The day after we crossed Khardung La, we drove west as far as we could go and arrived at the lovely Balti (बल्ति) village of Turtuk. You get off the car, cross a bridge over a fast flowing mountain stream that empties into the Shyok river, and then climb up the side of a mountain. Nestled in the slope are the houses and agricultural fields of Turtuk.
Closest to the bridge is a cluster of restaurants aimed to draw in tourists. It had been sunny when we started, but clouds had gathered during the three hour drive which brought us to Turtuk just a little before lunch. We were nonplussed by the number of tourists who’d come here. Our driver Yasin was even more surprised, “Never seen so many cars here,” he exclaimed. Our luck, I suppose. We were not the only people trying to forget the lockdowns. The Family had her heart set on a restaurant called The Balti Kitchen, so we walked on up.
The recent political history of Baltistan (बल्तिस्तान, སྦལ་ཏི་སྟཱན) is easy to read from books. It was part of the Tibetan empire in the first millennium of the CE, then evolved into separate small kingdoms, became part of Ranjit Singh’s Sikh empire in the 19th century, and descended to the kingdom of Kashmir in 1840 following the destruction of the Sikh empire by the British. After the complex events of the mid-20th century (in 1947 it came to India along with the kingdom of Kashmir, then was taken by Pakistan in the 1947 war, and parts were re-taken by India in the 1971 war) it is now divided into two by the Line of Control. But who the Balti people are is perhaps as complex. The Balti language is closely related to Tibetan. A local farmer and entrepreneur (photo above) gave us his belief: that the Balti have both Tibetan and Central Asian blood in them. In some way this could be true, but the story is complicated by the discovery that people have lived here for nearly 7000 years, thrice as long as the silk route existed. There could have been ancient migrations and mixtures which are forgotten.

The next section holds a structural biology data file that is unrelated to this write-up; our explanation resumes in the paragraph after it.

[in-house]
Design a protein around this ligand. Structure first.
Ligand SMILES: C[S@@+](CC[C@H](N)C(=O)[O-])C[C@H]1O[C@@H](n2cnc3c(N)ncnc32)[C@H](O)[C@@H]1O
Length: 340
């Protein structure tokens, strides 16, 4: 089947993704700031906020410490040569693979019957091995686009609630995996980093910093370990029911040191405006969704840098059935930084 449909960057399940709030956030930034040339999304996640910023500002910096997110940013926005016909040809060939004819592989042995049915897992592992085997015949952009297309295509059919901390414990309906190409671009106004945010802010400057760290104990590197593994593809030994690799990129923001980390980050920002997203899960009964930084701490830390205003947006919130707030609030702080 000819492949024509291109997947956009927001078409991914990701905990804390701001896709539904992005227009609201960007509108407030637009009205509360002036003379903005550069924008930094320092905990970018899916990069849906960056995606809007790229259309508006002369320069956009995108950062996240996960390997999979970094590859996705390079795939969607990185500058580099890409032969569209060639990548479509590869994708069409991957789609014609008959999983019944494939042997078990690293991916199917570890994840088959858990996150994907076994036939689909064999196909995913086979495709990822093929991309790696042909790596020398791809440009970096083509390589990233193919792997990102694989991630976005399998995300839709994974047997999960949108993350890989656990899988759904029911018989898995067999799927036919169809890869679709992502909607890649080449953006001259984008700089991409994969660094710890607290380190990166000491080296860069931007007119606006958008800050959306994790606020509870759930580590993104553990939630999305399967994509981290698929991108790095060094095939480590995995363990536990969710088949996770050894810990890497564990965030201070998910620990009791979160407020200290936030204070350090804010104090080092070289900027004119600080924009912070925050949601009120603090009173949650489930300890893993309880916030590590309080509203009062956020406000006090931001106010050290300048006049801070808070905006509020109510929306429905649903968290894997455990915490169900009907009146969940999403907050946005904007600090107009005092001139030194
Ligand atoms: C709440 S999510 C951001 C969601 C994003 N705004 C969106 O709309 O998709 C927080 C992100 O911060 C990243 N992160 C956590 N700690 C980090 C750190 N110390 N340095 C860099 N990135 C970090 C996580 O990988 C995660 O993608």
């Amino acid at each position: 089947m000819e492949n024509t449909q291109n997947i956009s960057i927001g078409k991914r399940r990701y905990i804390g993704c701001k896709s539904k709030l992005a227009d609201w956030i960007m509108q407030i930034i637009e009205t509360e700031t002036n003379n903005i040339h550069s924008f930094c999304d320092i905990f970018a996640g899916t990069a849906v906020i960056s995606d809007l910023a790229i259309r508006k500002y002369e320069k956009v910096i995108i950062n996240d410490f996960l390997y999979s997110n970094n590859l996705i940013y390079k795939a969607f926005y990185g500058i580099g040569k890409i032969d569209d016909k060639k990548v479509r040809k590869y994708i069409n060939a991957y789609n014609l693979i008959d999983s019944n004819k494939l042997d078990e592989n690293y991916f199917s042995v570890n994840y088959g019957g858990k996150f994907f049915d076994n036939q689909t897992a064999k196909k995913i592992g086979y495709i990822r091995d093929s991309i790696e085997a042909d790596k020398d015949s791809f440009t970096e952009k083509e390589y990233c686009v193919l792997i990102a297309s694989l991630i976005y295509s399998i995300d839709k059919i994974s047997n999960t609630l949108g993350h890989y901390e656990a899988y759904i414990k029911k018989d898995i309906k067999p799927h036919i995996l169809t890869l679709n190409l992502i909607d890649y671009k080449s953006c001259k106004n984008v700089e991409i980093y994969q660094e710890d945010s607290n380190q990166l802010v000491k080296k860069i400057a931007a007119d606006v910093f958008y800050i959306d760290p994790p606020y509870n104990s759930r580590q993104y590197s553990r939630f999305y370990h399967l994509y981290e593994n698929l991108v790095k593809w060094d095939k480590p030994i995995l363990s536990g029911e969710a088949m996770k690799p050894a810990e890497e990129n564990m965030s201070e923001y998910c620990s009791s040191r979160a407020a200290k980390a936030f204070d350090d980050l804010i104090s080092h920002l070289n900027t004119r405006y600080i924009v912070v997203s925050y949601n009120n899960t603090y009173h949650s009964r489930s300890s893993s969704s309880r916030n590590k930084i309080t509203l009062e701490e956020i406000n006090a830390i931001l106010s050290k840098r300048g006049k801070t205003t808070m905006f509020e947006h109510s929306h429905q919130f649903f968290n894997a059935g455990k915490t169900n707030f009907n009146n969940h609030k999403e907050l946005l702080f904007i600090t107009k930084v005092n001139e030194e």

There was a bit of a steep climb right at the beginning, but after that the slope became more gentle. There seemed to be a single path through the middle of the village, with houses and fields on both sides. Agriculture and construction require terracing the landscape, and a tremendous amount of work goes into that. Although it is not obvious in the featured photo, men were at work in the fields. A wonderful feature of the village is that a clear mountain stream runs through it. We saw people come out houses and dip cupped palms into it to drink the water. We found the restaurant, made a reservation, and then decided to walk up to the topmost point of the village.
It wasn’t very far, but between taking photos, gawking, and pausing to catch our breath every now and then, it took us a little more than half an hour to reach the Balti Museum at the top. We passed a lovely selection of doors on the way, as you can see. Houses are made with dressed blocks of the local gneiss, and, sometimes a timber framework filled in with stone rubble. Interesting, I thought, because that means that there are stone masons at work somewhere. We saw a house under construction using modern techniques of steel-reinforced concrete. But even here, curtain walls between concrete beams are filled with dressed stone. Going by the number of houses under construction, the village is probably doing well with the tourist trade.
When we reached the museum we realized that it was time for lunch. We’d told Yasin to wait for two hours, and it would be hard to keep to that schedule as well as walk through the crowded museum. We turned back towards lunch. Little did we suspect how interesting that would be.